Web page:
THE SCIENCE OF VAMPIRES

Katherine M. Ramsland, Author . Berkley Boulevard $12.95 (304p) ISBN 978-0-425-18616-9

Biographer of Anne Rice and Dean Koontz, Ramsland (The Forensic Science of CSI) ranges over everything from quantum mechanics to feng shui in explaining the evolution of "a mostly fictional creature." Because every vampire television series, novel and role-playing game has created variations on exactly what a vampire is, Ramsland admittedly runs into some difficulty applying science to these "shapeshifters," making for some slippery discussions. For example, Ramsland reviews crime scene procedures or ponders such questions as whether vampires have a full range of bodily fluids with equal earnestness. In her quest for real-life vampires, she studies blood-drinking club goers who identify with the mysterious monsters but are not actual murderers, but also relates tales about serial killers such as Ted Bundy because they exhibit vampiric traits such as remorselessness and lust for destruction. The discussion of contemporary vampirism and its relationship to "goth" and bondage subcultures is informative, though the explanation of "psychic vampires" (those who manipulate others and feed off of their mental anguish) is less so. While this is not a scholarly book aimed at the scientific community, and it may not surprise Dracula devotees, it serves as a useful compendium of folklore and popular culture for those with a casual interest in vampires, a group whose membership regularly rises during the Halloween season. (Sept. 24)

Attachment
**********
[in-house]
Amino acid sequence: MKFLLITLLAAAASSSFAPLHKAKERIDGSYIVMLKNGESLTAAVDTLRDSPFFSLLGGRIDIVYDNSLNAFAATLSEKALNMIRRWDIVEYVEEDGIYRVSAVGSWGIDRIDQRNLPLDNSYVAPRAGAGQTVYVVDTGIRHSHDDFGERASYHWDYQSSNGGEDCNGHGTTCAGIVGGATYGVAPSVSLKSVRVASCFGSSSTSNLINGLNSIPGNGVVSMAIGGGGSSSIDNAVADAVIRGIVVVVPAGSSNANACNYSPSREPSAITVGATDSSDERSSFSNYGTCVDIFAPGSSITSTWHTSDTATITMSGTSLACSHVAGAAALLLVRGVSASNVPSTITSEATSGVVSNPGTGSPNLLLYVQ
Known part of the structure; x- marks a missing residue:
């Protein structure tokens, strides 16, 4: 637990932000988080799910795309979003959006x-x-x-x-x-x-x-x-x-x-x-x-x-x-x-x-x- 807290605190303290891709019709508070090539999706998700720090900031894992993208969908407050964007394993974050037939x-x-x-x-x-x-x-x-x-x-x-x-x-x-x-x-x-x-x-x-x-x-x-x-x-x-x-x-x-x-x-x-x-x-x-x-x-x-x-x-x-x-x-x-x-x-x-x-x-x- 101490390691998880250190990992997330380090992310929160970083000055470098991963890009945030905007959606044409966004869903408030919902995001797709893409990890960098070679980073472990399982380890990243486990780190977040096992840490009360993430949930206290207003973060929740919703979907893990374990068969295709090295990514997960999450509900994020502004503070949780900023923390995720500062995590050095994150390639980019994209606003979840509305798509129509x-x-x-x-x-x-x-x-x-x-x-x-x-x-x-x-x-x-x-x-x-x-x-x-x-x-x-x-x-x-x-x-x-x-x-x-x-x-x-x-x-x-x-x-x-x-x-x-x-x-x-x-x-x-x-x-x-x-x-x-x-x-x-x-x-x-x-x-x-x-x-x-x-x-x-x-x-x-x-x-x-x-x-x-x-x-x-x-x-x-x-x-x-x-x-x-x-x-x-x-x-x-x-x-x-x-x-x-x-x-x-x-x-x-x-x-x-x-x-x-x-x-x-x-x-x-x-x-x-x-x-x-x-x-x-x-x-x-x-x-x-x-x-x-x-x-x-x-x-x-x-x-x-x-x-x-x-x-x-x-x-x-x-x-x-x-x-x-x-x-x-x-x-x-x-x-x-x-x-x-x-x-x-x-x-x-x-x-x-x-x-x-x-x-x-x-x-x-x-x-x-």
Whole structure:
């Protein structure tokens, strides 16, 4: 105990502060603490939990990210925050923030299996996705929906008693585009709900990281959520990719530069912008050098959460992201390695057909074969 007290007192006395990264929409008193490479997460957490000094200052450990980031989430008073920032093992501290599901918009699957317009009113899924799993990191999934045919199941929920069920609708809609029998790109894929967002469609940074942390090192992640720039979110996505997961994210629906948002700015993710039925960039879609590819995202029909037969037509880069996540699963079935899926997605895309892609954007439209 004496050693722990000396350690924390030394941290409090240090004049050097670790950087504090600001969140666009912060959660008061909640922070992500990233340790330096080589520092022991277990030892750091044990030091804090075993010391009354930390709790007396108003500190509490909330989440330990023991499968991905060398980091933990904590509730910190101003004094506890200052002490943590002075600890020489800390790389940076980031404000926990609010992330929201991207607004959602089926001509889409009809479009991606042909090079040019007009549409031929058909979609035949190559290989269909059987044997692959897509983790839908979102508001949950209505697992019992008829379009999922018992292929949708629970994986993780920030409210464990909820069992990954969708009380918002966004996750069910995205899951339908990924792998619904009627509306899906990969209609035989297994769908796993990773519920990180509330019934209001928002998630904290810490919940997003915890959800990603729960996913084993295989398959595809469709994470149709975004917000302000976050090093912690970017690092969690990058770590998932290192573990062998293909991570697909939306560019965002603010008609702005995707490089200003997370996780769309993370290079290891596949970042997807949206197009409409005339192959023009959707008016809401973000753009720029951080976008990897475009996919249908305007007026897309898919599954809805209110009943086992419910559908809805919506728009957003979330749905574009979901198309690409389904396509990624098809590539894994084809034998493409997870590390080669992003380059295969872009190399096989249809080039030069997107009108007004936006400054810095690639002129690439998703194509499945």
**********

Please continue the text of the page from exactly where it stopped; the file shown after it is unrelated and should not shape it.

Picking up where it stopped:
Reviewed on: 09/09/2002
Release date: 10/01/2002
Genre: Nonfiction
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